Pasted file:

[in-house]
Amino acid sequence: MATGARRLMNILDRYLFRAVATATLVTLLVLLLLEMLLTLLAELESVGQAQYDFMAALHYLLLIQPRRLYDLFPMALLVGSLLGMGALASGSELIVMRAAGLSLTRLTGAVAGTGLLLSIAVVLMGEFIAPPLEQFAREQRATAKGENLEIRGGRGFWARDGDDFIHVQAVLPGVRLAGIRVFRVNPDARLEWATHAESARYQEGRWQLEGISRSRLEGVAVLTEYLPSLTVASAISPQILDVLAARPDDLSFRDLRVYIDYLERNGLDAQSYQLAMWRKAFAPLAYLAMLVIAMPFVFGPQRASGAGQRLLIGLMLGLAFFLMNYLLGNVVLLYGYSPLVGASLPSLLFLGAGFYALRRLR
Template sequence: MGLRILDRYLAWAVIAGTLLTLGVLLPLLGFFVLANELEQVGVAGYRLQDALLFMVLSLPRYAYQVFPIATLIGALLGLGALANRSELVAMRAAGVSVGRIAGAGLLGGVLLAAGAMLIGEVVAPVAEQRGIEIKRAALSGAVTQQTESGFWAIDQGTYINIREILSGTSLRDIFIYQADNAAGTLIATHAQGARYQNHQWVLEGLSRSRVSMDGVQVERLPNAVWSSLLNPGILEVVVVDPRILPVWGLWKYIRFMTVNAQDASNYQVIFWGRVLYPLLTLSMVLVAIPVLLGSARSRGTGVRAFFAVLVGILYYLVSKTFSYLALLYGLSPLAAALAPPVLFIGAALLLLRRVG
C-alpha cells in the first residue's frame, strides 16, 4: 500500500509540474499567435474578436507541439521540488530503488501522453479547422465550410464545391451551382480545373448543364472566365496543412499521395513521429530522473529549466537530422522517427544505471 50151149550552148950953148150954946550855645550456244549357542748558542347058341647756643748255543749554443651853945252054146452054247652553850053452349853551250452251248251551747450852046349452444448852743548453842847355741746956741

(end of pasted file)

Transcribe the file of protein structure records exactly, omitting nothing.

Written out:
[in-house]
Amino acid sequence: MATGARRLMNILDRYLFRAVATATLVTLLVLLLLEMLLTLLAELESVGQAQYDFMAALHYLLLIQPRRLYDLFPMALLVGSLLGMGALASGSELIVMRAAGLSLTRLTGAVAGTGLLLSIAVVLMGEFIAPPLEQFAREQRATAKGENLEIRGGRGFWARDGDDFIHVQAVLPGVRLAGIRVFRVNPDARLEWATHAESARYQEGRWQLEGISRSRLEGVAVLTEYLPSLTVASAISPQILDVLAARPDDLSFRDLRVYIDYLERNGLDAQSYQLAMWRKAFAPLAYLAMLVIAMPFVFGPQRASGAGQRLLIGLMLGLAFFLMNYLLGNVVLLYGYSPLVGASLPSLLFLGAGFYALRRLR
Template sequence: MGLRILDRYLAWAVIAGTLLTLGVLLPLLGFFVLANELEQVGVAGYRLQDALLFMVLSLPRYAYQVFPIATLIGALLGLGALANRSELVAMRAAGVSVGRIAGAGLLGGVLLAAGAMLIGEVVAPVAEQRGIEIKRAALSGAVTQQTESGFWAIDQGTYINIREILSGTSLRDIFIYQADNAAGTLIATHAQGARYQNHQWVLEGLSRSRVSMDGVQVERLPNAVWSSLLNPGILEVVVVDPRILPVWGLWKYIRFMTVNAQDASNYQVIFWGRVLYPLLTLSMVLVAIPVLLGSARSRGTGVRAFFAVLVGILYYLVSKTFSYLALLYGLSPLAAALAPPVLFIGAALLLLRRVG
C-alpha cells in the first residue's frame, strides 16, 4: 500500500509540474499567435474578436507541439521540488530503488501522453479547422465550410464545391451551382480545373448543364472566365496543412499521395513521429530522473529549466537530422522517427544505471 50151149550552148950953148150954946550855645550456244549357542748558542347058341647756643748255543749554443651853945252054146452054247652553850053452349853551250452251248251551747450852046349452444448852743548453842847355741746956741